In early September, I made a rail trip from Köln to Manchester, this time with ample connection time at each station, and sampled three different European fast trains, Thalys Köln - Brussels, Eurostar Brussels - London, and a Virgin Pendolino London - Manchester.

I'd be willing to exchange a little of the speed for additional legroom, and seats that recline.  (Travel and Trains, commenting on a rash of reclining-seat-rage on the pressurized kipper cans that pass as airliners today, notes that "legroom is not a problem for those of us who choose to travel by [Amtrak].")  But the European fast trains offer approximately the seat spacing of an intercity bus, with the opportunity to stroll to a bar car if the mood strikes.

Thalys power cars, and the paint scheme, recall the Trans Europ Express of fifty years ago.  On the Köln - Brussels segment, they don't have much opportunity to stretch out, that's onward to Paris.  The Eurostars do move, both in France and on the new fast lines into London St. Pancras.

I'm not sure the artwork obscuring the clock at the city end of the train-shed improves the station aesthetically.

Getting from St. Pancras to Euston used to be simple: walk toward the clock, turn right, locate the exit to Euston Road, walk past the new British Library.  These days, because boarding passengers for the Eurostar have already cleared passport control and immigration into the European Union, everyone must go down the ramp, walk back toward the vaults once provided for storing beer kegs, loop around the departure lounge and the security control point, then find the exit for Euston Road.  No more passing the impressive public areas of the Midland Hotel.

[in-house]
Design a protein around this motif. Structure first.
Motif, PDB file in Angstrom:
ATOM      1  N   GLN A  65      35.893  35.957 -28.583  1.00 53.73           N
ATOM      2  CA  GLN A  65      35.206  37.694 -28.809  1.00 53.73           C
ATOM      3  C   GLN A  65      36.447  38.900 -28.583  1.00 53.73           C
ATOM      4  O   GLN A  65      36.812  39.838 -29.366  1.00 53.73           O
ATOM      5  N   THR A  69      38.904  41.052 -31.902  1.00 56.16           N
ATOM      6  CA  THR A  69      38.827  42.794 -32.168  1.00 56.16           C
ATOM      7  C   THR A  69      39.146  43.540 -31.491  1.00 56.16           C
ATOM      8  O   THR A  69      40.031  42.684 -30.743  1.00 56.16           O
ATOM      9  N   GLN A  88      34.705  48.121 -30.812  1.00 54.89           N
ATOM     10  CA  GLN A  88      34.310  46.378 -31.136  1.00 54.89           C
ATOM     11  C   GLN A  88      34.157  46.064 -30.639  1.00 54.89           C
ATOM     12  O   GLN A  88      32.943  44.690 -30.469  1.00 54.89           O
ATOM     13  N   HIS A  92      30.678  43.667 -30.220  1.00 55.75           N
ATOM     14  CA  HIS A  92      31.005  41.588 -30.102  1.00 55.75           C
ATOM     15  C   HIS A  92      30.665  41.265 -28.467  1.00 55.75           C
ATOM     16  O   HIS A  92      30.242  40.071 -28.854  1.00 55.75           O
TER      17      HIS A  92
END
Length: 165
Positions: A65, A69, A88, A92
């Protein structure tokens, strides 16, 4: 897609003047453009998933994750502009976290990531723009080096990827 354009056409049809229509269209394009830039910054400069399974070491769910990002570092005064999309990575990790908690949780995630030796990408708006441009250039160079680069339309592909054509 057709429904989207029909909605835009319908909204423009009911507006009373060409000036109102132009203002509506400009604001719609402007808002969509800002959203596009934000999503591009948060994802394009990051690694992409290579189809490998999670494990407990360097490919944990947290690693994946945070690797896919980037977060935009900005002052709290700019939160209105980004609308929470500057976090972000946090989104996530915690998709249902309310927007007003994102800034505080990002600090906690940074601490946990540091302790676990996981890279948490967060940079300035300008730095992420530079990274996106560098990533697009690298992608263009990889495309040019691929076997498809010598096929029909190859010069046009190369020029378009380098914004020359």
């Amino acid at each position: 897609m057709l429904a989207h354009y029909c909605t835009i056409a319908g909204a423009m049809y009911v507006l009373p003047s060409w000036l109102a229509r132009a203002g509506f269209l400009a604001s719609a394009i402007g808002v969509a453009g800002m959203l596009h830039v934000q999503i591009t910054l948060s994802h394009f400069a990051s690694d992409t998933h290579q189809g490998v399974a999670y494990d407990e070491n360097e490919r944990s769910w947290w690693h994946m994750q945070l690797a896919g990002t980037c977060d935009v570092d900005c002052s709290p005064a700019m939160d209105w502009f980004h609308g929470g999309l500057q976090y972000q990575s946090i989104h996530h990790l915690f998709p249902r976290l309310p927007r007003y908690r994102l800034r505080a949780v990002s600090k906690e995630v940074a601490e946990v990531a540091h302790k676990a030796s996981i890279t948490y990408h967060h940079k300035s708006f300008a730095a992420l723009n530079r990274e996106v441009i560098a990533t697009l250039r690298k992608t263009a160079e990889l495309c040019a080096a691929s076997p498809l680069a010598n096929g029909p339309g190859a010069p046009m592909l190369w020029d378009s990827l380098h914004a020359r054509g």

I took the precaution of obtaining a seat reservation on the service to Manchester before leaving the States.  Unaccountably, the algorithm gave me a seat next to a blank wall.  There were plenty of un-reserved seats at windows.  Light passenger loading, a chance to get a picture of the interior of the coach.

No seat-belts, and somewhat less substantial tray tables than the airliners.  If I didn't tell you it's a train, would you think it was a bus?  It's Virgin Trains, which means there's some whimsy.  Go to the loo and hit the lock button, an electronic voice tells you, "Please don't flush nappies, sanitary towels, paper towels, gum, old phones, unpaid bills, junk mail, your ex's sweater, hopes, dreams, or goldfish down this toilet."  (The advice is also printed on the top of the lid.  Give me "Passengers will please refrain" or "Penalty for improper use."  Please.)

Into Manchester on time.

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